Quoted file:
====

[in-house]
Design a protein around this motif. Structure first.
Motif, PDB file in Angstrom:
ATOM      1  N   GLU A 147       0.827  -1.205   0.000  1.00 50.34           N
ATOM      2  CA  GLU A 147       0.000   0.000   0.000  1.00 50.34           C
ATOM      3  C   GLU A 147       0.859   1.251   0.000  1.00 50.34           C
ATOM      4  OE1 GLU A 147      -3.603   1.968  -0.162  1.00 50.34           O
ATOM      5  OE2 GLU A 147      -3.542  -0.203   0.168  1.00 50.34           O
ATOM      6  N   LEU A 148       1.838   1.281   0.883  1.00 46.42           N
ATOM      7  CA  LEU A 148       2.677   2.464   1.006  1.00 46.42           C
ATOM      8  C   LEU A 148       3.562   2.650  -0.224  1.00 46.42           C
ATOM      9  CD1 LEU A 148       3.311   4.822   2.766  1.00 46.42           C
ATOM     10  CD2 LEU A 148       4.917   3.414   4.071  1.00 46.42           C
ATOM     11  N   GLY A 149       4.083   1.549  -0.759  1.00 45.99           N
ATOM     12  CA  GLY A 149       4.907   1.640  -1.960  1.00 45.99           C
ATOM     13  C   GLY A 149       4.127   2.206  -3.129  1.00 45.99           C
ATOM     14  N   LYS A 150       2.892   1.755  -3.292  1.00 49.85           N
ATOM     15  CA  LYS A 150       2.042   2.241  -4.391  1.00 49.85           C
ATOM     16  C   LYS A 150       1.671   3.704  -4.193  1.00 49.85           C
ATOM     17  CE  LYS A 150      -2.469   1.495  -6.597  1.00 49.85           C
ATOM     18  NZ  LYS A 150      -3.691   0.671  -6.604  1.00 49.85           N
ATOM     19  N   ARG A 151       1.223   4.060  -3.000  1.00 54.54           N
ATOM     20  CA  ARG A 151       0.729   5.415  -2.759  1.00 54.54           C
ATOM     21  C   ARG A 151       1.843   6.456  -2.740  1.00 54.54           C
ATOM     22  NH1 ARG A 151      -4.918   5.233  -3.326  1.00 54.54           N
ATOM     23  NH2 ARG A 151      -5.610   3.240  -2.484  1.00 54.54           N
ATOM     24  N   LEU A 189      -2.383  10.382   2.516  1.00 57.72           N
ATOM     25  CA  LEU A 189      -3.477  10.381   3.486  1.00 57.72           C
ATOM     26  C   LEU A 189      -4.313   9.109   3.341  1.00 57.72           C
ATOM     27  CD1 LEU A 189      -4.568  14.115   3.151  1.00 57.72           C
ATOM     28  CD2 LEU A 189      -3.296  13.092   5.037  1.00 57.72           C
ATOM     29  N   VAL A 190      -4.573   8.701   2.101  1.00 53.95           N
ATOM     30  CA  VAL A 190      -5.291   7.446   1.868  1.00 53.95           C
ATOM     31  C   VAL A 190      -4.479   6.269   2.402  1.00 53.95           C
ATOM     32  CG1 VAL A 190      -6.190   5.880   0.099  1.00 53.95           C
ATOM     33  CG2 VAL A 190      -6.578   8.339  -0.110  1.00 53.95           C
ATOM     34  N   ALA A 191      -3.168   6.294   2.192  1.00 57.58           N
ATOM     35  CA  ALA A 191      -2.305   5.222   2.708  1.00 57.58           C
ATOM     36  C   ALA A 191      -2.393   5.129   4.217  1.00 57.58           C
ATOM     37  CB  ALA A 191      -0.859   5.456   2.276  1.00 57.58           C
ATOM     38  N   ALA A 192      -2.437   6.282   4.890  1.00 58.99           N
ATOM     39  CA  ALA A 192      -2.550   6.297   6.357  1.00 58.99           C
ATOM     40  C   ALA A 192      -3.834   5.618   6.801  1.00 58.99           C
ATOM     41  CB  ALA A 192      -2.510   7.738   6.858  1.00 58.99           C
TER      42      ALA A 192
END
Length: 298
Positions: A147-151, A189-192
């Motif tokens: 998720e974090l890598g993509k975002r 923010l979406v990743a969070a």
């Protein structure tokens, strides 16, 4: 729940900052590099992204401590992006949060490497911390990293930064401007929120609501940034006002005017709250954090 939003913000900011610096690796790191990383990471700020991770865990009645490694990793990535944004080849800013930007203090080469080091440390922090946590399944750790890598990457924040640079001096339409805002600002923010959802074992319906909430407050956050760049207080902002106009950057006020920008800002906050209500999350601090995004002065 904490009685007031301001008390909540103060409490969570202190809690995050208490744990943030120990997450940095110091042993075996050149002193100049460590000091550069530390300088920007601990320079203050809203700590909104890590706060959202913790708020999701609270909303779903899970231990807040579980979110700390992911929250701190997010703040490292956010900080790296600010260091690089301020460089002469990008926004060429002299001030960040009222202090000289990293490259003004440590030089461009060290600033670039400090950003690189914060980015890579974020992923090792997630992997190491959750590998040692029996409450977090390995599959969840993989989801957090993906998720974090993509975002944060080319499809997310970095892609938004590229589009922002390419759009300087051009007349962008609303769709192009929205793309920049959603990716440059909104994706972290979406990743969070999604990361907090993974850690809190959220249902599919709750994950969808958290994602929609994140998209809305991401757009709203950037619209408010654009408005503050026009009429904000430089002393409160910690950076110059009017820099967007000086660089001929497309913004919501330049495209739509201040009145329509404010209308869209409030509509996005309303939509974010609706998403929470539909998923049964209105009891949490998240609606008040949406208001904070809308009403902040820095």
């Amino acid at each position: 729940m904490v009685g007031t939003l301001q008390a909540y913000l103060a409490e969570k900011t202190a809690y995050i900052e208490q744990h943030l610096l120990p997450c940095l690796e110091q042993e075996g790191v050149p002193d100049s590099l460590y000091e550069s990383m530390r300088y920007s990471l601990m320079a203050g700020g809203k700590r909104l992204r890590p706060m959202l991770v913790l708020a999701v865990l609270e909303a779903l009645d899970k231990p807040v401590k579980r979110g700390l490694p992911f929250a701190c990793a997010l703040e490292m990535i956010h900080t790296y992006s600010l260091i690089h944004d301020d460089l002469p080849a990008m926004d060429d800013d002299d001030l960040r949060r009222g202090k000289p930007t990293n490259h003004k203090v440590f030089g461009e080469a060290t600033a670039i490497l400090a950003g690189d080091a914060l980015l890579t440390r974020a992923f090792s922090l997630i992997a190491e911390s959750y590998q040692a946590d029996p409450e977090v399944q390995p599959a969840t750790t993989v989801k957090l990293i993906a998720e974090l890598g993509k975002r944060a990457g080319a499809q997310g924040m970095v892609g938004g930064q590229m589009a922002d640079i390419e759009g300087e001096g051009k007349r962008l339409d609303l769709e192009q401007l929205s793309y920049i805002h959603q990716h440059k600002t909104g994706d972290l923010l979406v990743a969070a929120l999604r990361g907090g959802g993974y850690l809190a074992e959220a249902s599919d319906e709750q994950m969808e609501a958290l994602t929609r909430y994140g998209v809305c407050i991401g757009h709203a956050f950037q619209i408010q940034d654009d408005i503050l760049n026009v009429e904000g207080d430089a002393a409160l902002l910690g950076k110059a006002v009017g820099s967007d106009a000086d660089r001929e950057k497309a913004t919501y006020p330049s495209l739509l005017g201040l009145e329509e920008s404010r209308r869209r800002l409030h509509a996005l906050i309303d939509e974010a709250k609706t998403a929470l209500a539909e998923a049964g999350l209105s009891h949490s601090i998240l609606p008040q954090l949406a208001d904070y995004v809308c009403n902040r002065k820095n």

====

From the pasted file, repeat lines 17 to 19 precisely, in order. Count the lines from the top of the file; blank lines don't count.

ATOM     14  N   LYS A 150       2.892   1.755  -3.292  1.00 49.85           N
ATOM     15  CA  LYS A 150       2.042   2.241  -4.391  1.00 49.85           C
ATOM     16  C   LYS A 150       1.671   3.704  -4.193  1.00 49.85           C